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When you've been injured by a product, you may be wondering if you have a legal case that's worth pursuing.
Defective products can hurt consumers in a variety of ways, but victims often worry that something they did with the product will prevent them from recovering. Perhaps they voided the warranty by trying to repair it, or even used it in a non-traditional way.
Consider the following general product liability principles to decide whether you have a good injury case:
Warranties (Implied and Explicit)
Almost all consumer products sold will come with two kinds of warranties: implied and explicit. Explicit or express warranties are the kind that a manufacturer states in words, either on the package or other forms of marketing. An express warranty may promise that a product will last "10,000 hours" or "100,000 miles," and if it does not, the manufacturer promises to repair or replace the item for free.
Implied warranties are the kind that aren't stated but are assumed about any consumer product. These include the promise that the product will work for its stated purpose, that it is uniform in quality and quantity, and that it meets the specifications on the packaging. When a product injuries someone, it likely violated one or both of these warranties, which can be another way to recover.
However, if a warranty is voided or expired, it does not affect your ability to sue for injuries from a defective product.
Altering or Improperly Using a Defective Product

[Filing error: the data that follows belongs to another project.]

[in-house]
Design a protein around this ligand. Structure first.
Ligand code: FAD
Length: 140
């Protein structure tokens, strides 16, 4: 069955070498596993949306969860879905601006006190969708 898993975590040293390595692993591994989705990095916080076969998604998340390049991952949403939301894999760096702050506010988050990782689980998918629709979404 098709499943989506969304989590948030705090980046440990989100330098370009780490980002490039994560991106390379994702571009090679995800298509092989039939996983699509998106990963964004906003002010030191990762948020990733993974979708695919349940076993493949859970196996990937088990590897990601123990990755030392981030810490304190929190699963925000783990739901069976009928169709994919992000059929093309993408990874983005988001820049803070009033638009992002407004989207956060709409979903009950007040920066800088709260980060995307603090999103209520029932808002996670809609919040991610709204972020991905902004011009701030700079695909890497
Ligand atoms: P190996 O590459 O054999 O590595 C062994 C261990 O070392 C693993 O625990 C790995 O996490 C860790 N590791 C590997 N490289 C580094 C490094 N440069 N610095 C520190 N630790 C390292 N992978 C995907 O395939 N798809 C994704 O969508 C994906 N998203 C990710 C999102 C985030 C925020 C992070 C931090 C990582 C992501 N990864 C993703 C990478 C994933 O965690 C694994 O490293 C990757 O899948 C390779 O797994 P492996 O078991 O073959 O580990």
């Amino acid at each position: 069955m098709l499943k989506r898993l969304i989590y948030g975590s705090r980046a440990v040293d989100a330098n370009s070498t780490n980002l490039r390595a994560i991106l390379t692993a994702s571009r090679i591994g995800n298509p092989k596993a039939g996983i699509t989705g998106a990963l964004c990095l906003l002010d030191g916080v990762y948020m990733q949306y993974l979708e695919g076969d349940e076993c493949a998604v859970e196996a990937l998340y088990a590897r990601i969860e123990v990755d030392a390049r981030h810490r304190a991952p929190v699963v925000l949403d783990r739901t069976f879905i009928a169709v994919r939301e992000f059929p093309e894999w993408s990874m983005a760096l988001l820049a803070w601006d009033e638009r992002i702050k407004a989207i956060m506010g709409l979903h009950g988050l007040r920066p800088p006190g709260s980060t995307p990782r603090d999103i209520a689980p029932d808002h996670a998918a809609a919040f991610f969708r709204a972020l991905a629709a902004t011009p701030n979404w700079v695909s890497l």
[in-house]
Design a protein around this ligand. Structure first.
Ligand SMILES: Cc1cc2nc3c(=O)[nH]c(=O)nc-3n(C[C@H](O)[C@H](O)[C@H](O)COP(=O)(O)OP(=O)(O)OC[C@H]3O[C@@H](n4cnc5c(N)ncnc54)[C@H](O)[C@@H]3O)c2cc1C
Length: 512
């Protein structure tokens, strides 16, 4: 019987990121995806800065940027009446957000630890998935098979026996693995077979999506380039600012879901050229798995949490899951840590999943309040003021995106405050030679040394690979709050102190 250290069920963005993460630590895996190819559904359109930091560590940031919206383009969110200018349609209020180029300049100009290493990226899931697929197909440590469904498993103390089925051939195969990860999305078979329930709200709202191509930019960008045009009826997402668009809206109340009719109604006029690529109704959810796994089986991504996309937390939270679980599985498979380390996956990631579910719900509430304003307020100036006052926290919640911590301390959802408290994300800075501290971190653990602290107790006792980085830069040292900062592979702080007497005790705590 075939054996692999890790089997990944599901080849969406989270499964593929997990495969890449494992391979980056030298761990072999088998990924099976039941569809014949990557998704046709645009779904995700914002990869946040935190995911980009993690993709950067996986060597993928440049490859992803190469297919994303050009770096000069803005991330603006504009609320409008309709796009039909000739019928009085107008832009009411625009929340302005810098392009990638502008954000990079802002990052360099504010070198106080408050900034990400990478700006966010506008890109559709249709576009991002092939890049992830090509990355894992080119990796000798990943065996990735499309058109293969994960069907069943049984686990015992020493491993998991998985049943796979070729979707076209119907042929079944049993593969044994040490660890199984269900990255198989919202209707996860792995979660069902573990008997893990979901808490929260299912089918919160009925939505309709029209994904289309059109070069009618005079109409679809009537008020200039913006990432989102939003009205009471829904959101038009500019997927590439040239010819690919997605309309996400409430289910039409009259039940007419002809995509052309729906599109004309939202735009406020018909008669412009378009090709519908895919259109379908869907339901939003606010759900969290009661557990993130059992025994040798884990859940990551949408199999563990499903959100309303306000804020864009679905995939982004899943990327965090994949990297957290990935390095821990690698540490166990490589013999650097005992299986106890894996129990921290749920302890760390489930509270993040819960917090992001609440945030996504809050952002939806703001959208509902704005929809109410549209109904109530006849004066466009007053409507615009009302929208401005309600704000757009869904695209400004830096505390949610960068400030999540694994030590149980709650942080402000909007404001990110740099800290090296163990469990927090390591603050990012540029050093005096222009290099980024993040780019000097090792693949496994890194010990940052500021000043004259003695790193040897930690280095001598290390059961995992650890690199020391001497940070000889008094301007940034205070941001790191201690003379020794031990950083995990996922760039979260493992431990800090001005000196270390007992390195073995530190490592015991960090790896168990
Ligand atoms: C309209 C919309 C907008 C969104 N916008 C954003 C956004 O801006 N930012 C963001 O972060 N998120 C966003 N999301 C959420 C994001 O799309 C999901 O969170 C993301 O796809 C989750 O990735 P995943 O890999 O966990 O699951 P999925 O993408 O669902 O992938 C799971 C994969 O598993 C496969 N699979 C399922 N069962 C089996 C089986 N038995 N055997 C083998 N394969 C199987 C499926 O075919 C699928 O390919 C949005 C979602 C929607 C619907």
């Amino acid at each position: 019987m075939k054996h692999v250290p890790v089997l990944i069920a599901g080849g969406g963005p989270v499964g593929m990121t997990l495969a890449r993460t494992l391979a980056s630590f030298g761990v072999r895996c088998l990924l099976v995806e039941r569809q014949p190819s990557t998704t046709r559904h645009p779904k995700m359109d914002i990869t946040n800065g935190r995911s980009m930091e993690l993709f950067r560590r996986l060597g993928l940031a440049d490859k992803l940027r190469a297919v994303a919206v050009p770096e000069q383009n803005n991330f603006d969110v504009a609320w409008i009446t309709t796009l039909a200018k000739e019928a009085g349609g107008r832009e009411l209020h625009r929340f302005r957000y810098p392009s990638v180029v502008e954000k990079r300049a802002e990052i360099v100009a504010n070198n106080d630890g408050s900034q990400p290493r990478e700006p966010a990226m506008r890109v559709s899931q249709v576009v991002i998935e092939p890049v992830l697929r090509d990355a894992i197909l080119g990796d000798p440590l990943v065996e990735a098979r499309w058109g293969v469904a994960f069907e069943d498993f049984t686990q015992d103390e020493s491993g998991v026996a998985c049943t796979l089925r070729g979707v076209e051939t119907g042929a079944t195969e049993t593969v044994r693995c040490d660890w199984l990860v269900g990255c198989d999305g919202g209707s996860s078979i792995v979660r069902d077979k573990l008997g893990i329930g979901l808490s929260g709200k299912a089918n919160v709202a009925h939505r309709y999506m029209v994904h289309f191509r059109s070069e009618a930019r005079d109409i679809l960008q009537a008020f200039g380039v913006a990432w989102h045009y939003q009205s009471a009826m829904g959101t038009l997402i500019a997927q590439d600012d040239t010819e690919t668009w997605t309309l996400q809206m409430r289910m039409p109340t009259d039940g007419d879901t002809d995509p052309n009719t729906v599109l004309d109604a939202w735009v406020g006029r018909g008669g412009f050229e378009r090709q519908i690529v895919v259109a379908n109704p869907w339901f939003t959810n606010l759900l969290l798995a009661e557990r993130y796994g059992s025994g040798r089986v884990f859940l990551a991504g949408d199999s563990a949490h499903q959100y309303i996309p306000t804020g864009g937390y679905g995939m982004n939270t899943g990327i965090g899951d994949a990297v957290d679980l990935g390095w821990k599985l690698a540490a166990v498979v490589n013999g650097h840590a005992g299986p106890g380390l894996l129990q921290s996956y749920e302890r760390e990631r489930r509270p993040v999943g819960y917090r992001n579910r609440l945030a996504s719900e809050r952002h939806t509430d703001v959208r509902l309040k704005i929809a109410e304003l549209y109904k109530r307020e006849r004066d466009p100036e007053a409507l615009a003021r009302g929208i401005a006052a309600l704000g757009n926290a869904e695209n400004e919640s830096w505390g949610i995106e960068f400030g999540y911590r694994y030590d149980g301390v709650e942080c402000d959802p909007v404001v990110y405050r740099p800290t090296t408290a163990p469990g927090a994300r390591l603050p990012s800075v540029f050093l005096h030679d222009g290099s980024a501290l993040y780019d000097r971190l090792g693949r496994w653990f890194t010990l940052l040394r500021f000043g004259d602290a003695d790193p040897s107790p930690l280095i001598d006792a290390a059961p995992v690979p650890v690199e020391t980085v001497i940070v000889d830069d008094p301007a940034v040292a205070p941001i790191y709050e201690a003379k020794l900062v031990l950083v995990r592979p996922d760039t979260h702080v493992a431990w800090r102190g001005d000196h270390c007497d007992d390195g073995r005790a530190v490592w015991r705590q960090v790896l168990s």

Manufacturers are typically held strictly liable for the injuries caused by defects in their products, but alterations or improper use can change that. For example, a defect in warnings about a product can cause a consumer to use a product in a way that causes injury, but the manufacturer may only be responsible for "reasonable use." Products that are used in ways not anticipated by the manufacturer (e.g., using fishing line to hang a heavy portrait) may release that company from liability if injuries occur.
The same goes for making alterations to a product. A manufacturer of a defective product may not be held strictly liable for consumer injuries if the product was "substantially" changed or altered from its condition at sale.
Not being held strictly liable doesn't mean a product's maker is off the hook; it may just be harder to prove it is at fault for your injuries from a defective product. You'll likely need an attorney's help to evaluate if you really have a case.